A gender-fluid trickster character leaps from Cree stories to inhabit this raucous and rebellious new work by award-winning poet Louise B. Halfe.

There are no pronouns in Cree for gender; awâsis (which means illuminated child) reveals herself through shapeshifting, adopting different genders, exploring the English language with merriment, and sharing his journey of mishaps with humor, mystery, and spirituality. Opening with a joyful and intimate Foreword from Elder Maria Campbell, awâsis – kinky and dishevelled is a force of Indigenous resurgence, resistance, and soul-healing laughter.

If you’ve read Halfe’s previous books, prepared to be surprised by this one. Raging in the dark, uncovering the painful facts wrought on her and her people’s lives by colonialism, racism, religion, and residential schools, she has walked us through raw realities with unabashed courage and intense, precise lyricism. But for her fifth book, another choice presented itself. Would she carve her way with determined ferocity into the still-powerful destructive forces of colonialism, despite Canada’s official, hollow promises to make things better? After a soul-searching Truth and Reconciliation process, the drinking water still hasn’t improved, and Louise began to wonder whether inspiration had deserted her.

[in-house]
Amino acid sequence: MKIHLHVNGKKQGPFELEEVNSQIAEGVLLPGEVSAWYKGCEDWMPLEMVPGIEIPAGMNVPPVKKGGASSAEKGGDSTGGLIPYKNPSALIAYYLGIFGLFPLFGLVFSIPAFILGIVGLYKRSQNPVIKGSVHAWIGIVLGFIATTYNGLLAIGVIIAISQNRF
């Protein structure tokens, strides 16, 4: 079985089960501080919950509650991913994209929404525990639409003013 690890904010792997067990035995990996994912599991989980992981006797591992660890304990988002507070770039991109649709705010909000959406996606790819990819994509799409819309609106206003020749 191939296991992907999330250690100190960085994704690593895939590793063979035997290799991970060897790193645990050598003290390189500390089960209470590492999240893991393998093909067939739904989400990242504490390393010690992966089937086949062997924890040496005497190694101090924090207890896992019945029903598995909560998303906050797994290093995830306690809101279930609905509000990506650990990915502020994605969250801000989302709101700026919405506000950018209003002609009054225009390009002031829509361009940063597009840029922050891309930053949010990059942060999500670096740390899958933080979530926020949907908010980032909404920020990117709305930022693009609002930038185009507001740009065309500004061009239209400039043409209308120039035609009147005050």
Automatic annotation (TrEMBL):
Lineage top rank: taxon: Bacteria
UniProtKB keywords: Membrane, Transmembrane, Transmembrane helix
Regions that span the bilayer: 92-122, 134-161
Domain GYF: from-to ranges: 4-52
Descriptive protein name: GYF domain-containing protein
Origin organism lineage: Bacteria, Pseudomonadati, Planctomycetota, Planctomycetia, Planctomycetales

Then awâsis showed up—a trickster, teacher, healer, wheeler-dealer, shapeshifter, woman, man, nuisance, inspiration. A Holy Fool with their fly open, speaking Cree, awâsis came to Louise out of the ancient stories of her people, from the quiet words of the Elders, from community input through tears and laughter, from her own aching heart and her three-dimensional dreams. Following awâsis’s lead, Louise has flipped her blanket over, revealing a joking, mischievous, unapologetic alter ego—right on time.

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About the Writer/s

  • Louise B. Halfe - Sky Dancer

    Louise Bernice Halfe – Sky Dancer was raised on Saddle Lake Reserve and attended Blue Quills Residential School. She currently lives near Saskatoon with her husband, Peter.